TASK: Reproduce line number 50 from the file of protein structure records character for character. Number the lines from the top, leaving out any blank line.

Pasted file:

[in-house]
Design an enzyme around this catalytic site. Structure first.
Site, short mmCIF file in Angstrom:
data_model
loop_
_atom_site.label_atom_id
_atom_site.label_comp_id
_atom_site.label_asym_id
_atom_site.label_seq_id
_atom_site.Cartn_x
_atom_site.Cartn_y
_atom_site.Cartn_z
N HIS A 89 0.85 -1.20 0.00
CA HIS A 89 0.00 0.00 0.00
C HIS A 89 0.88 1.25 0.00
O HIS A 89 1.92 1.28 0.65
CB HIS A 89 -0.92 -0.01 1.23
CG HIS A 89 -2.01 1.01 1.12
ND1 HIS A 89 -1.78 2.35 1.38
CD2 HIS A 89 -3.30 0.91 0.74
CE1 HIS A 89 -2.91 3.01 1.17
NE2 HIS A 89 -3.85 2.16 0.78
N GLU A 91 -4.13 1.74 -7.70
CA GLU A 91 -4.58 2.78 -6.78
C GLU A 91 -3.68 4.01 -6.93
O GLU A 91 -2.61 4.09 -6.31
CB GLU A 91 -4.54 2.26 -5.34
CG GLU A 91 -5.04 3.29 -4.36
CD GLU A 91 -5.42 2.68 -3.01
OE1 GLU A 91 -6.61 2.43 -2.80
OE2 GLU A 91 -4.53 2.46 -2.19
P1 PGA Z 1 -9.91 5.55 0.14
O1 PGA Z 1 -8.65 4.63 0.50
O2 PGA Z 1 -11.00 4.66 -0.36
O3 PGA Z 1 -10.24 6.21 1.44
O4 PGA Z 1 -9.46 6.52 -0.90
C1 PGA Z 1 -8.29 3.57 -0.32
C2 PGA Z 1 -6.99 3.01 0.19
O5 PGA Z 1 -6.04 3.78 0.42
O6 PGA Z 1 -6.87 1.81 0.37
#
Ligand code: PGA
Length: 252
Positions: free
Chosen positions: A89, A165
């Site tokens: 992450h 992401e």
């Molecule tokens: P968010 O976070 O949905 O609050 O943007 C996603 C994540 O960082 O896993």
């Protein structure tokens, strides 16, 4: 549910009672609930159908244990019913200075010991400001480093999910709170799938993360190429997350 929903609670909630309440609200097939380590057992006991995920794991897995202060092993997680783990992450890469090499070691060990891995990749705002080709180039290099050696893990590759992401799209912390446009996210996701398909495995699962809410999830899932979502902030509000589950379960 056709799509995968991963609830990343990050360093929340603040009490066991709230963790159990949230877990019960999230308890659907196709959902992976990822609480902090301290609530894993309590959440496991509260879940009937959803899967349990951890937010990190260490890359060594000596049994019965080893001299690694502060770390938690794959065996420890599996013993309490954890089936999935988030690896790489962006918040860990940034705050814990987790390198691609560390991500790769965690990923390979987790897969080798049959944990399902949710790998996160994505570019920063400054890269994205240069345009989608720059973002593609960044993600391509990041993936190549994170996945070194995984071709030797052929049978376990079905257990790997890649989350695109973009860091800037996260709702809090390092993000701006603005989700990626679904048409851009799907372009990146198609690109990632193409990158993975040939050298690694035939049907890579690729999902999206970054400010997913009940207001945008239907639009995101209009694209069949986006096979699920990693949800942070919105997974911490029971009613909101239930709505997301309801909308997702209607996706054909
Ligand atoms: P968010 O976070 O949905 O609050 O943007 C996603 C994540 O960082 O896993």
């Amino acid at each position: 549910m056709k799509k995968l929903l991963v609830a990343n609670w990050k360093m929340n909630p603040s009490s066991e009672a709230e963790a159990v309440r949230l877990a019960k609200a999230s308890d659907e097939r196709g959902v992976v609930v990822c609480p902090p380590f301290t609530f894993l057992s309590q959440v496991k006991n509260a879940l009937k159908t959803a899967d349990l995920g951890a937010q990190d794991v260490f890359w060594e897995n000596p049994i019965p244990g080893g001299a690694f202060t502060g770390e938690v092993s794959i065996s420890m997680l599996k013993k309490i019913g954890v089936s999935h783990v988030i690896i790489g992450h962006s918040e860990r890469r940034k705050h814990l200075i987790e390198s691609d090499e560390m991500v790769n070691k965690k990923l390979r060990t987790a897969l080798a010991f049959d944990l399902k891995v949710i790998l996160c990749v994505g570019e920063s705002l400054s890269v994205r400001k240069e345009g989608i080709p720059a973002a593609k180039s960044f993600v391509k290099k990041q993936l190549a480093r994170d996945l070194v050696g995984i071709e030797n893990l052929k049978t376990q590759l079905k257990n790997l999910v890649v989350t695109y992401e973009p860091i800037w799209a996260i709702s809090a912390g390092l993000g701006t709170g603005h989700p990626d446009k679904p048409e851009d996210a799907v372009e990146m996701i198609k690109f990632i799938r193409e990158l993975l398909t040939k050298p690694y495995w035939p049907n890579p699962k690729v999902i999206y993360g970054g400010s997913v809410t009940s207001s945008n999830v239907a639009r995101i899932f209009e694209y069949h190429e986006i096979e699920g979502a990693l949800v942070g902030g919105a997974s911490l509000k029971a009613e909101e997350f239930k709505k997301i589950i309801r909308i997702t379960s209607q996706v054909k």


């Amino acid at each position: 549910m056709k799509k995968l929903l991963v609830a990343n609670w990050k360093m929340n909630p603040s009490s066991e009672a709230e963790a159990v309440r949230l877990a019960k609200a999230s308890d659907e097939r196709g959902v992976v609930v990822c609480p902090p380590f301290t609530f894993l057992s309590q959440v496991k006991n509260a879940l009937k159908t959803a899967d349990l995920g951890a937010q990190d794991v260490f890359w060594e897995n000596p049994i019965p244990g080893g001299a690694f202060t502060g770390e938690v092993s794959i065996s420890m997680l599996k013993k309490i019913g954890v089936s999935h783990v988030i690896i790489g992450h962006s918040e860990r890469r940034k705050h814990l200075i987790e390198s691609d090499e560390m991500v790769n070691k965690k990923l390979r060990t987790a897969l080798a010991f049959d944990l399902k891995v949710i790998l996160c990749v994505g570019e920063s705002l400054s890269v994205r400001k240069e345009g989608i080709p720059a973002a593609k180039s960044f993600v391509k290099k990041q993936l190549a480093r994170d996945l070194v050696g995984i071709e030797n893990l052929k049978t376990q590759l079905k257990n790997l999910v890649v989350t695109y992401e973009p860091i800037w799209a996260i709702s809090a912390g390092l993000g701006t709170g603005h989700p990626d446009k679904p048409e851009d996210a799907v372009e990146m996701i198609k690109f990632i799938r193409e990158l993975l398909t040939k050298p690694y495995w035939p049907n890579p699962k690729v999902i999206y993360g970054g400010s997913v809410t009940s207001s945008n999830v239907a639009r995101i899932f209009e694209y069949h190429e986006i096979e699920g979502a990693l949800v942070g902030g919105a997974s911490l509000k029971a009613e909101e997350f239930k709505k997301i589950i309801r909308i997702t379960s209607q996706v054909k």